Even as the system for appointments to the higher judiciary was mired in uncertainty, the high courts were faced with a shortfall of 366 judges, according to latest data collated by the Law Ministry.
The 24 high courts in the country were functioning with 651 judges as against the approved strength of 1017 judges as of May 1, 2015.
While the collegium system of judges appointing judges has been done away with by a new law, the National Judicial Appointment Commission ( NJAC) has still to begin its work.
The Supreme Court is right now hearing a petition challenging the validity of NJAC and the Chief Justice of India has refused to take part in a meeting of the selection committee of the panel under the new law, thus leaving the new system in a limbo.
According to the figures collated by the Department of Justice, there was a shortage of 366 judges across the country with the Allahabad High Court facing the maximum vacancy of 80. The Allahabad High Court, which has a principal bench in Allahabad and another bench in Lucknow, has an approved strength of 160 judges but has been functioning with a working strength of 80.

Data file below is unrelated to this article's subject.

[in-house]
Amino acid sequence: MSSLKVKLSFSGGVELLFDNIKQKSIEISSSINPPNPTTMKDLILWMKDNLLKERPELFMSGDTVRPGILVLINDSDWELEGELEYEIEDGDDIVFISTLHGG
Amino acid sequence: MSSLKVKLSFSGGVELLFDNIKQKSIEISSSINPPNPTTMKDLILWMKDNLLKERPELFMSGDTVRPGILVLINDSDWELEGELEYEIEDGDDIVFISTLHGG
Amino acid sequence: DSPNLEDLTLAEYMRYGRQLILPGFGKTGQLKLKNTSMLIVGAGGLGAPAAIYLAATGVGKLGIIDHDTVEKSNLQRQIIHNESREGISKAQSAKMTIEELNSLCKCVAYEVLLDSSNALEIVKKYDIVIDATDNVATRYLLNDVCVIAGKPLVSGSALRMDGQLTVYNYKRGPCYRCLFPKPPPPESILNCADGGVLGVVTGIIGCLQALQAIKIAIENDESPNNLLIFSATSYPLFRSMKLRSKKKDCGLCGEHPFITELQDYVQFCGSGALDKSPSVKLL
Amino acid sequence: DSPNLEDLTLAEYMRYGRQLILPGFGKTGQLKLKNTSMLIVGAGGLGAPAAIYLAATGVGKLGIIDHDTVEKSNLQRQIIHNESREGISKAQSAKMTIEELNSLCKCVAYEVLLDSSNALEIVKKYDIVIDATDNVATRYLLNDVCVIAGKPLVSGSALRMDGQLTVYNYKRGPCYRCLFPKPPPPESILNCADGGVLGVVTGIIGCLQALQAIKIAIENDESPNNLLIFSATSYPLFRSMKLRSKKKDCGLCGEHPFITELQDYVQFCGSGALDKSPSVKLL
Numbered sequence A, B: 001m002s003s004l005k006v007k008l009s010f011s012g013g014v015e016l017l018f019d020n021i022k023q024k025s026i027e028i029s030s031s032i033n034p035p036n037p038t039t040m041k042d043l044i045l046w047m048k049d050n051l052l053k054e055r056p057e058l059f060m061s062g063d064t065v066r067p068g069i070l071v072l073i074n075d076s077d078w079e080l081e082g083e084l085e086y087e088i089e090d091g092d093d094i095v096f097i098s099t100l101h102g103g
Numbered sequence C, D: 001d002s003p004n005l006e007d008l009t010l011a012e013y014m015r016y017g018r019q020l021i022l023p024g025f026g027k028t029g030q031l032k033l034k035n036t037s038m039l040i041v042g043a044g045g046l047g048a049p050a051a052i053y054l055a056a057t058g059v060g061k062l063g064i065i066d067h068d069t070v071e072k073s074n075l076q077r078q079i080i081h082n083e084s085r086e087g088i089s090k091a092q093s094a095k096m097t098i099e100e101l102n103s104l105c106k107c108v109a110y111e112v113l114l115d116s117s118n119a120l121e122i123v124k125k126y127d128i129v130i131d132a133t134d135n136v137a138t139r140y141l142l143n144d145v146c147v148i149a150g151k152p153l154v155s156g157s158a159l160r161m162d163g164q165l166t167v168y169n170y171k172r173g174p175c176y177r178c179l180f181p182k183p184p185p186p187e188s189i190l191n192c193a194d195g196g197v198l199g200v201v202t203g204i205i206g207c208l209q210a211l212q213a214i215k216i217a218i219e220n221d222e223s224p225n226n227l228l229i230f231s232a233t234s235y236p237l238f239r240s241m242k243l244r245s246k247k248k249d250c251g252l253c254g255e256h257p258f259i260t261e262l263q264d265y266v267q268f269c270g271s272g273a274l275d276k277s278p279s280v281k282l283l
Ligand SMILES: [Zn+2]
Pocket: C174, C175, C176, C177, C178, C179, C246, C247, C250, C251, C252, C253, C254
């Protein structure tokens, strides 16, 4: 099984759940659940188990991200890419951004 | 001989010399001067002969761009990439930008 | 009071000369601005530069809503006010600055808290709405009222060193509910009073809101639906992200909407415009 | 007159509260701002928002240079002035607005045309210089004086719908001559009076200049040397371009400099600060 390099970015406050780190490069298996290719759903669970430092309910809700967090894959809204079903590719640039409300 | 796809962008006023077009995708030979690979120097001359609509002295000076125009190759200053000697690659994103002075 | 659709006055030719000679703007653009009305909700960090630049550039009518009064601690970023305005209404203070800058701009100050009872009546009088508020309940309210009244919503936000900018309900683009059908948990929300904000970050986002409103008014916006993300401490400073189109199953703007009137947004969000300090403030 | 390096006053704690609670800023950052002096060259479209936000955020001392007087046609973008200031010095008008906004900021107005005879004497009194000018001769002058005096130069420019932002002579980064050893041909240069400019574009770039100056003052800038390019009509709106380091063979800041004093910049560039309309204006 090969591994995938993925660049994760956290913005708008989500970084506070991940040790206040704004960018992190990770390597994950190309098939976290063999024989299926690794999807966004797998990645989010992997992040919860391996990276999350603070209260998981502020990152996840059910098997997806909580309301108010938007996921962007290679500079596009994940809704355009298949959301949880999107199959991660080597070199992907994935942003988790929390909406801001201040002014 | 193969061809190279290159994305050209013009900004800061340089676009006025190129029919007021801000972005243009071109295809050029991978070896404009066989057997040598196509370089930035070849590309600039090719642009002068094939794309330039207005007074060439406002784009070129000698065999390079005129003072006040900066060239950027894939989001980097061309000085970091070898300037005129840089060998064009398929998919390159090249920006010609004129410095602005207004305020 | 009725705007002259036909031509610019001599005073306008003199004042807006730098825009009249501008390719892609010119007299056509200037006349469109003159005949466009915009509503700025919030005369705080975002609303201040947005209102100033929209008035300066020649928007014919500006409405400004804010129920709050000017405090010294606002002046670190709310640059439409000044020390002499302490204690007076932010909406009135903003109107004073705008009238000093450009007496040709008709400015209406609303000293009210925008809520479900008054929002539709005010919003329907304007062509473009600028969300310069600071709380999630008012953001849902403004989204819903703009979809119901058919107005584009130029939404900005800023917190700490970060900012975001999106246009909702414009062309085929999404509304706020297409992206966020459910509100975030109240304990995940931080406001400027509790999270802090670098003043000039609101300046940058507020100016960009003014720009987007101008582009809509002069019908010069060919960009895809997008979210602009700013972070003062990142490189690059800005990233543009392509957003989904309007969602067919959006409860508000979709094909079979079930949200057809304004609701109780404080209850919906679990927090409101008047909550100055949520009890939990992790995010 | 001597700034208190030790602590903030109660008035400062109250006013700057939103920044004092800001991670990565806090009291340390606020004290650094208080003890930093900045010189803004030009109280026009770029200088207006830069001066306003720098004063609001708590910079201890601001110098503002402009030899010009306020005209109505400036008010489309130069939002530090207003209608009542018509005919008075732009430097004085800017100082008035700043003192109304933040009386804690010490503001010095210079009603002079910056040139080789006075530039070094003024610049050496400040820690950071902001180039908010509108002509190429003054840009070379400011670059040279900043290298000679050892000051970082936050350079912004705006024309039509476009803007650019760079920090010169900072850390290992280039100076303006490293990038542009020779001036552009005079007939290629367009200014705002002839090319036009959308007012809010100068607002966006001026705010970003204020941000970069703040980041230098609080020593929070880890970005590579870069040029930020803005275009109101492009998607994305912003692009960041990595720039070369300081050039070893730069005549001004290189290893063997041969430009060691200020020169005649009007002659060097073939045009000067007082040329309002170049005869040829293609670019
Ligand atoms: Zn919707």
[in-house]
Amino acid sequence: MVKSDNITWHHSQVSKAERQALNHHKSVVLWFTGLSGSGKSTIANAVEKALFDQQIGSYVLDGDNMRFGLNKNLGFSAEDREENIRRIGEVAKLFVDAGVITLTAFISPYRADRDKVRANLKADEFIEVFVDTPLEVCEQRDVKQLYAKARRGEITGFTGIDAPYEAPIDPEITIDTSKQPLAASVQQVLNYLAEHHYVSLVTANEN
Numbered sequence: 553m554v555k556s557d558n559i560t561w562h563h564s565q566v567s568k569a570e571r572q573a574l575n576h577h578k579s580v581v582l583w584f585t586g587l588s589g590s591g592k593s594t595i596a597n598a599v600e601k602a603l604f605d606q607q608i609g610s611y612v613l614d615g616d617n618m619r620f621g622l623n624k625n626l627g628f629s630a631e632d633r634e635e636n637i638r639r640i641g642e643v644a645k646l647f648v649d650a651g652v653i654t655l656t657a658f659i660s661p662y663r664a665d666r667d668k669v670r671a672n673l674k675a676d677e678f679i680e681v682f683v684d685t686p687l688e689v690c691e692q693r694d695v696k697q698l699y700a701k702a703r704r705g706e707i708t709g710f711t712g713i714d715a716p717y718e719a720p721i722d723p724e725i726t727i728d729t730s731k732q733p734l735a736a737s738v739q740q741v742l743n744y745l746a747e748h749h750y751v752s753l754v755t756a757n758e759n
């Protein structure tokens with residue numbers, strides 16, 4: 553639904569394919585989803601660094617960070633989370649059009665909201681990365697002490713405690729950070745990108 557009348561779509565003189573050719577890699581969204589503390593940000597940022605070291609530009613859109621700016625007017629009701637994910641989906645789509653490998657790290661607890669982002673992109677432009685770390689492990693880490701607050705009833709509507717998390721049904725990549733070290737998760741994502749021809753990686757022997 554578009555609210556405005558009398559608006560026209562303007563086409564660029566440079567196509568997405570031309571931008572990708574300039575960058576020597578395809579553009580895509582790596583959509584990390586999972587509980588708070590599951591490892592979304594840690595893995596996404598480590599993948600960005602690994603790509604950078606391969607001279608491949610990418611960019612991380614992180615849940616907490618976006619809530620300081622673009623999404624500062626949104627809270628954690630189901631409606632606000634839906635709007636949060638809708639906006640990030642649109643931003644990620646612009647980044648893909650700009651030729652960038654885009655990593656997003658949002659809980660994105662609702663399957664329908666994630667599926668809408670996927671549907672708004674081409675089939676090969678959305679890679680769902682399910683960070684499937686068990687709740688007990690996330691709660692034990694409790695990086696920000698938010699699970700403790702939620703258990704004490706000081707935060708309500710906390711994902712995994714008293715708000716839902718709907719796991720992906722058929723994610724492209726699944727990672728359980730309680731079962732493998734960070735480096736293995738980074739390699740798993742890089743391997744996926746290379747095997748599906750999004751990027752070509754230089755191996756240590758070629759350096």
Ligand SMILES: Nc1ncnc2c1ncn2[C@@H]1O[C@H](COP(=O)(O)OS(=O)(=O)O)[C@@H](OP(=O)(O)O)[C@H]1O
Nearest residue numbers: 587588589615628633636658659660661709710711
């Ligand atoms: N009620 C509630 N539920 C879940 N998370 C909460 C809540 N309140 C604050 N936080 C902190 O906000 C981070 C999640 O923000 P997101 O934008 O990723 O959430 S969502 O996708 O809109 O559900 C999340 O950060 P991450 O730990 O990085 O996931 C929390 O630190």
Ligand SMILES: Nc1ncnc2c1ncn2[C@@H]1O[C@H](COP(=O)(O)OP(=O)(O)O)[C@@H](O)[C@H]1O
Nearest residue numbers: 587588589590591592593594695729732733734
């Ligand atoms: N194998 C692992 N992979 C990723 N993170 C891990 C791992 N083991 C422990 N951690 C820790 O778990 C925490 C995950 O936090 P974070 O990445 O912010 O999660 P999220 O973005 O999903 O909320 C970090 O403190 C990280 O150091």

Similarly, the Chandigarh-based Punjab and Haryana High Court has an approved strength of 85 judges but is functioning with 55 judges, thereby facing a shortage of 30. The Karnataka High Court follows closely with a shortage of 27 where the approved strength of judges is 62. It is functioning on a working strength of 35.
The Gujarat High Court, with a sanctioned strength of 52, is functioning with 30 judges, thereby facing a shortage of 22, the figures say. Out of 24, four high courts — Kerala, Meghalaya, Sikkim and Tripura — have no shortage of judges, the data shows.
After the government notified the National Judicial Appointments Commission on April 13, the collegium system has technically ceased to exist. NJAC has also not taken shape as the matter is pending before the apex court.
Feature image source : The Tribune